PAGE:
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M1910 Canteen Cup
The metal canteen cup was part of the original M1910 canteen set consisting of the canteen itself, cup, and cloth cover. While the handle design of the cup has changed, little else is different in 2010, after a century of service.
M1910 Canteen Cup
The M1910 Canteen Cup was part of the set of components that made up the M1910 aluminum one quart canteen ensemble. The canteen cup has the same cross-section shape as the canteen body, but is a little larger so the canteen can nest into the cup. The canteen cup capacity is about three cups (24 oz.) if completely full. The cup also featured a foldable handle, held in place by four rivets on the side, secured by a sliding latch. The handle had two slots cut in it which could be engaged by an M-1926 Fork if the cup handle itself was too hot. The 1910 model cup could be conveniently stowed in the canteen carrier and the canteen would fit inside the cup.
The M-1910 aluminum cup had a rolled edge on top, a problem since it got too hot. The original cups were manufactured by The Aluminum Goods Manufacturing Company (A.G.M. Co.) in 1909 and 1910 and subsequently, from 1911 to 1917, by Rock Island Arsenal. All of these cups are unmarked.
During World War I, the Quartermaster Corps assumed responsibility for the soldiers' individual equipment including canteen cups. M1910 canteen cups were manufactured under contract using the specifications developed in 1910. In 1918 the Quartermaster Corps contracted for cups to be manufactured by:
The 1918 contracts specified that the letters U.S., the name or symbol of the company and the year of manufacture be stamped either on the bottom of the cup or on the top of the handle.
Beginning in 1942, canteen cups were manufactured from alternate materials to substitute for aluminum. Porcelain plated cups (Cup, Canteen M-1942) were made in limited quantities in 1942 only, to match the porcelain enamel canteen made at the same time. Steel cups, plated with tin or zinc, were manufactured in small quantities by Foley Mfg. Co. and Edward Katzinger Co. in 1943 to match the tin or zinc plated canteens made that same year.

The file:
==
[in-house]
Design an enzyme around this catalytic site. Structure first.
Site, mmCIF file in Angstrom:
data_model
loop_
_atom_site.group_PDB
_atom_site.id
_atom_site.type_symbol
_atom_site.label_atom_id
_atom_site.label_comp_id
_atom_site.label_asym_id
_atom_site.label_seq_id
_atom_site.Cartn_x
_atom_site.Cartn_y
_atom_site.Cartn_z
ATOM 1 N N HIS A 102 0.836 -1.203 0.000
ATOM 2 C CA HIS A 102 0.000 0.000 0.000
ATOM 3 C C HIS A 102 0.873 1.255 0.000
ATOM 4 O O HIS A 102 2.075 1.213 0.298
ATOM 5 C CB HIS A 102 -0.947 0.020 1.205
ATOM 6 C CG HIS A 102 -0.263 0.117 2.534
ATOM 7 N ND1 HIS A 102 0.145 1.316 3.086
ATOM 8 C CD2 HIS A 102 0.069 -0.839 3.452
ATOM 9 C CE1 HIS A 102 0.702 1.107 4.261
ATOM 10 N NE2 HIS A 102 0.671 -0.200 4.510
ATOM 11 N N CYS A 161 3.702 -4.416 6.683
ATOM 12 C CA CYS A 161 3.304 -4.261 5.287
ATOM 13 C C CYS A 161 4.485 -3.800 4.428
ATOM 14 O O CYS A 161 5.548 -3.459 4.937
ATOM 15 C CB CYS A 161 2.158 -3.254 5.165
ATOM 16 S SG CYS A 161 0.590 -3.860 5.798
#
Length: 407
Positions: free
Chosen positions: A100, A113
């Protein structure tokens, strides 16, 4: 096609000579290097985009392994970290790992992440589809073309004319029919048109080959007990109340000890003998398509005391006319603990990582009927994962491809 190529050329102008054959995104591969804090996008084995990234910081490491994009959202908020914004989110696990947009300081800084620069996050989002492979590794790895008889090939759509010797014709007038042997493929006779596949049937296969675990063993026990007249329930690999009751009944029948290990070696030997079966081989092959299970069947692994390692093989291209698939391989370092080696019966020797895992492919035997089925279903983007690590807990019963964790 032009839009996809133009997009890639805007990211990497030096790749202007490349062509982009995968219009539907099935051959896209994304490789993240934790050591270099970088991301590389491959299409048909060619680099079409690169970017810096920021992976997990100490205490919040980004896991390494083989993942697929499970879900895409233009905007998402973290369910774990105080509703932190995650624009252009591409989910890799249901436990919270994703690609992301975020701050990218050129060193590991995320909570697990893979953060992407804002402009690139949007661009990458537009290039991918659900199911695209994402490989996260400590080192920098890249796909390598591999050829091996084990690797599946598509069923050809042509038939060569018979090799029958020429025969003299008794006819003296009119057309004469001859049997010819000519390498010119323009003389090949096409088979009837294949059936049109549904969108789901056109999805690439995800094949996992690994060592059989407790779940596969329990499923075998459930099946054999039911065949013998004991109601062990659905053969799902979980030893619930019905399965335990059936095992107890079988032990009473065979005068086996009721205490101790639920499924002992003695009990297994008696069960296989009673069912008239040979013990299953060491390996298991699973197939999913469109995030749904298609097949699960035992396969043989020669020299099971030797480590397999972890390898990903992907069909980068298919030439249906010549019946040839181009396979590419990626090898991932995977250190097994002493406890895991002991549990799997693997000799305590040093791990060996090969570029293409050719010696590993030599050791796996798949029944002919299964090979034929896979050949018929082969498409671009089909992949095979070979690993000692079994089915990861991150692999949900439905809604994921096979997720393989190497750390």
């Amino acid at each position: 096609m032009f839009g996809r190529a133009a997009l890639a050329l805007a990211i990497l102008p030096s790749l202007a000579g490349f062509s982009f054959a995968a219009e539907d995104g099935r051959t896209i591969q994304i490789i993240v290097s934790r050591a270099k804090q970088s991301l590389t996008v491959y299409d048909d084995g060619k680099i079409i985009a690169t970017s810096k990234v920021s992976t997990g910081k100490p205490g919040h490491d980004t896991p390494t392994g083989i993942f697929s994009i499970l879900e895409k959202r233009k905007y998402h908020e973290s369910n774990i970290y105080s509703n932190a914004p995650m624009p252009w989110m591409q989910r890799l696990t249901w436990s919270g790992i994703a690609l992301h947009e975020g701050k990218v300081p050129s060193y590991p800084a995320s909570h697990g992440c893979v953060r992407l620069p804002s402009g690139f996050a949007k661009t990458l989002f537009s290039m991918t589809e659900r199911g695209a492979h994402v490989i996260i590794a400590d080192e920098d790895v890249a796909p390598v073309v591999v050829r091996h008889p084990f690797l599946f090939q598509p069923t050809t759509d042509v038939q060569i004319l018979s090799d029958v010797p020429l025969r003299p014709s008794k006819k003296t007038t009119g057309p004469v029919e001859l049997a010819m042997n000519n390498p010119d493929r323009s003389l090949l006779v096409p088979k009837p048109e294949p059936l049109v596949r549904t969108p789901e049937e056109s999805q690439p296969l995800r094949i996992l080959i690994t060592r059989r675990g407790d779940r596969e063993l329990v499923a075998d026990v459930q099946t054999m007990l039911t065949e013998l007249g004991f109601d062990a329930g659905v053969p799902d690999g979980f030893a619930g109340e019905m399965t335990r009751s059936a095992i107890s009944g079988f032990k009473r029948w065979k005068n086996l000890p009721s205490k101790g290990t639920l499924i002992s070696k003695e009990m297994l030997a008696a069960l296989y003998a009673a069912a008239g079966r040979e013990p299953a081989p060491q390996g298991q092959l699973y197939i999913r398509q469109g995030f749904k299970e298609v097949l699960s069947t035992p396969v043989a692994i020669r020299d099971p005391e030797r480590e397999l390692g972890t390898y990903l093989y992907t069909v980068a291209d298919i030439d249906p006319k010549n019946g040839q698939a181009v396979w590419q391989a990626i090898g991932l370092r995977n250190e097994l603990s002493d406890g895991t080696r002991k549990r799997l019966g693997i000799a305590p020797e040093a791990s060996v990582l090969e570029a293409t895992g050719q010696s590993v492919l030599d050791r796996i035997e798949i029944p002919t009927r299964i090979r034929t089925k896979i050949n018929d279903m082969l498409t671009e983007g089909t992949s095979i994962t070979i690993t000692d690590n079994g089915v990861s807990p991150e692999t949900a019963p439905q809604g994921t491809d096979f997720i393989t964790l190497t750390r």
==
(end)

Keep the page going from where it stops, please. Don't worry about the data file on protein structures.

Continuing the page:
To match the corrosive resistant steel canteens (CRS aka stainless steel) in production during WW II, cups were made of the same material from 1942 to 1945, with a flared cup lip instead of the rolled edge. The new lip design cooled rapidly and solved the heat problem with the rolled edge. In late 1942 aluminum was released by the War Production Board, and production of aluminum M-1910 canteen cups was resumed as well.
Some of the known manufactures of canteen cups during World War II include:
Aluminum cups were made with steel or brass handles and/or a brass hinge by some of the manufacturers for some of their production runs.
Following World War II, aluminum and CRS canteens and cups continued in use.
In 1974 the canteen cup was redesigned as part of the ALICE LC-1 equipment. The cup was produced in stainless steel with a flared upper edge similar to the corrosive resistant steel cup of 1942. However, instead of a single folding handle, the cup had two steel wire handles that open out for use, and fold flat against the side of the cup when placed in the canteen cover (the "butterfly handle" or "wing handle").
The metal canteen cup is intended to hold hot liquids, such as coffee or soup, and can be used to boil liquids. Because of this need to handle heat, the metal cup is still used with the plastic canteen.
The metal canteen cup continues in use even in the 21st century, but is not carried by everyone. The use of Meal, Ready to Eat (MRE) rations, prepackaged water, and other changes has reduced the need for the separate cup. Canteen alternatives, including two-quart canteens, have broken the connection that existed between the one quart M1910 canteen and its cup. Thanks to James Yeager for help with this section.
The Arctic Canteen Cup is of similar design, but shaped to fit the Arctic Canteen. It will not nest properly with a standard one quart military canteen. See the linked page for more information.
Stock Numbers for the Canteen Cup
World War II era stock numbers for the canteen cup were:
In the late 1940s the supply system began using the Federal Stock Number (FSN) system with a changeover to the National Stock Number (NSN) in 1975. These numbers have been identified for the Canteen Cup:
Canteen Cup Stove/Stand
Small stoves were made to assist the soldier in heating water, coffee, soup or other ration components in the canteen cup. The Canteen Cup Stove/Stand and Canteen Cup Stove Fuel (eg Trioxane) are described on the linked pages.
Material on this page adapted from "Survey of U.S. Army Uniforms, Weapons and Accoutrements," by David Cole (November 2007 and updates), a classroom reference for the Army Museum System's Basic Curatorial Methods Training Courses, as well as other published sources. Thanks to Thomas Chial for making his extensive research available.
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